The APRA Foundation Berlin Multi-Disciplinary Fellow 2017

APRA Foundation Berlin Fellow 2017

Project Proposal: Visual Memories

My project is at the intersection of photography, philosophy and psychology, and it investigates the role of visual memories in constructing and reconstructing important aspects of our self in terms of our personal history. Some of our visual memories are shaped merely by the frequency and amount of exposure to scenes around us. We remember the visual characteristics of scenes and objects because we see them on many occasions and/or for a long time. Other visual memories are fixed by the importance of certain events in our lives, as these events are associated with certain places and objects. There are also nostalgic memories of places and objects that had gone almost unnoticed when being part of our daily routine, but gained significance as we lost connection with that place for an extended period of time.

My visual approach to this complex phenomenon is based on the creation of images of real and fictitious visual memories. Some scenes and images are connected to my own personal history, while others are part of several imagined (alternative) lives that I have never actually had. My imaginary lives and personal histories are constructed in scenes and among objects I encounter for only a brief period. I work with these “found” scenes and objects without being involved, emotionally or otherwise; apart from my interest in transforming them into components of the images of visual memories that relate to one of my imaginary lives, I have no attachment to them.

The project will tackle two theoretical (philosophical and psychological) issues as well. First, I systematically study the connection between visual memories and the construction of personal histories, as well as the role of personal histories in the (ongoing) construction and reconstruction of the self. Second, the photographic work is also informed by a theory of photographic illocutionary acts I am currently developing.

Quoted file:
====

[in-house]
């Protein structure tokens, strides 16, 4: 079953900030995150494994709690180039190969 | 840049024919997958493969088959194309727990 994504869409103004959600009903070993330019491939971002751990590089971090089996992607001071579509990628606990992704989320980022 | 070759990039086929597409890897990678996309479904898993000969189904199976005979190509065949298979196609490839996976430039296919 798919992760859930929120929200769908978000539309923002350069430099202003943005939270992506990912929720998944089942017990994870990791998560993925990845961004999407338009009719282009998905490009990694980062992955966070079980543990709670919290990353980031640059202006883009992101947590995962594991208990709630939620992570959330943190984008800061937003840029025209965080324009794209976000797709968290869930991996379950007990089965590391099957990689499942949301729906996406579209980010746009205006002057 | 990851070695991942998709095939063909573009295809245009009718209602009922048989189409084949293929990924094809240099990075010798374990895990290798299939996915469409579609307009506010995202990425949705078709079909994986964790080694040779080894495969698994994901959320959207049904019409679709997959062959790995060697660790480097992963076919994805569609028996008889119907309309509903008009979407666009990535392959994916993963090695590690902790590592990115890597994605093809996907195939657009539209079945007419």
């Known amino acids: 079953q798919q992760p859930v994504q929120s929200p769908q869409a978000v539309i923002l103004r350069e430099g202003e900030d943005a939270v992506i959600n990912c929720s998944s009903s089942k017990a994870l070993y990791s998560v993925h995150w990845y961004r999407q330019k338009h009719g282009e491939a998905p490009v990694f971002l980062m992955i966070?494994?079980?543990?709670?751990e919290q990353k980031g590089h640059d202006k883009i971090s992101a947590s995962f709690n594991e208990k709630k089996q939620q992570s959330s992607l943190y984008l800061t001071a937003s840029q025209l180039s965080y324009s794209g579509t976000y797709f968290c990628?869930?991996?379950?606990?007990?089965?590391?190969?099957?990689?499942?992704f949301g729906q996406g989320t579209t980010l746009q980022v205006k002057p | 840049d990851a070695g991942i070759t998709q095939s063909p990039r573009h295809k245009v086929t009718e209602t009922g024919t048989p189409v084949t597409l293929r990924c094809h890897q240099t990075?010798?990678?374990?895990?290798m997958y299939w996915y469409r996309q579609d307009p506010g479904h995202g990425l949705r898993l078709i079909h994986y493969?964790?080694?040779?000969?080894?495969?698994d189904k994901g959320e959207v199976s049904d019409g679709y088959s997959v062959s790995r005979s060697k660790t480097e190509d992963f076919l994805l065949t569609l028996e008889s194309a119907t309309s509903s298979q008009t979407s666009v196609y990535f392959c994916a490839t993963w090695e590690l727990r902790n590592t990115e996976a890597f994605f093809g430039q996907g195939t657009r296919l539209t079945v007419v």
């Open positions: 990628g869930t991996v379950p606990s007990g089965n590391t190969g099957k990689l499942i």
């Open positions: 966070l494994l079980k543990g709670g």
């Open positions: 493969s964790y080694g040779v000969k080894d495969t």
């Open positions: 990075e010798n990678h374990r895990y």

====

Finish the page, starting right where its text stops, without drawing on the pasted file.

Combined Curriculum Vitae


Zsolt was born in Budapest, Hungary. He first studied literature and linguistics at university in Hungary, and later earned his PhD in philosophy at Rutgers University, USA. He works in aesthetics and the philosophy of art, focusing on the visual arts and photography. During his doctoral studies at Rutgers he also attended a number of photography courses, and he has been developing fine art photography projects ever since. Zsolt has been teaching philosophy of art, photography and visual communication courses at various universities in the United States, Hungary and Argentina. He is currently an associate professor at Budapest University of Technology and Economics and a research fellow at Moholy-Nagy University of Art and Design. His recent research is focused on the philosophical foundations of pictorial communication as well as on the processes of interpreting and evaluating photographs. Given that genre categories strongly influence interpretation and evaluation, he is also working on a systematic theory of photographic genres. Besides his philosophical work he has been regularly exhibiting internationally as a fine art photographer. He is currently a member of the Executive Committee of the European Society for Aesthetics and the International Association for Aesthetics.